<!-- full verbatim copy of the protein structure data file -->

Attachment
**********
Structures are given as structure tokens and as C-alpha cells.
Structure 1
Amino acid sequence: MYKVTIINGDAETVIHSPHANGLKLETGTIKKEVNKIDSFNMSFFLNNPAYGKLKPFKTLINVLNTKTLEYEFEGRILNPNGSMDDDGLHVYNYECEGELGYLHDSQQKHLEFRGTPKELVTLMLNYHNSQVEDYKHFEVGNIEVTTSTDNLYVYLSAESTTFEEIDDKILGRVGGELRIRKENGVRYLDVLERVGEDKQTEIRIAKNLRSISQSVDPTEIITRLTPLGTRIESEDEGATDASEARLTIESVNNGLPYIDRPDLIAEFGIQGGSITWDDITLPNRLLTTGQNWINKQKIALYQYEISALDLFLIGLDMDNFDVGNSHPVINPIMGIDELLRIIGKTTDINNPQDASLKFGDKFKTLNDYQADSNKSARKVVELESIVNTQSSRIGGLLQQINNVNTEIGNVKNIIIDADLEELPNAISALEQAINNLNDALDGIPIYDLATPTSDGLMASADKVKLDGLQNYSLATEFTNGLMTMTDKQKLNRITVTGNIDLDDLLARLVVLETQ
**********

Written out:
Structures are given as structure tokens and as C-alpha cells.
Structure 1
Amino acid sequence: MYKVTIINGDAETVIHSPHANGLKLETGTIKKEVNKIDSFNMSFFLNNPAYGKLKPFKTLINVLNTKTLEYEFEGRILNPNGSMDDDGLHVYNYECEGELGYLHDSQQKHLEFRGTPKELVTLMLNYHNSQVEDYKHFEVGNIEVTTSTDNLYVYLSAESTTFEEIDDKILGRVGGELRIRKENGVRYLDVLERVGEDKQTEIRIAKNLRSISQSVDPTEIITRLTPLGTRIESEDEGATDASEARLTIESVNNGLPYIDRPDLIAEFGIQGGSITWDDITLPNRLLTTGQNWINKQKIALYQYEISALDLFLIGLDMDNFDVGNSHPVINPIMGIDELLRIIGKTTDINNPQDASLKFGDKFKTLNDYQADSNKSARKVVELESIVNTQSSRIGGLLQQINNVNTEIGNVKNIIIDADLEELPNAISALEQAINNLNDALDGIPIYDLATPTSDGLMASADKVKLDGLQNYSLATEFTNGLMTMTDKQKLNRITVTGNIDLDDLLARLVVLETQ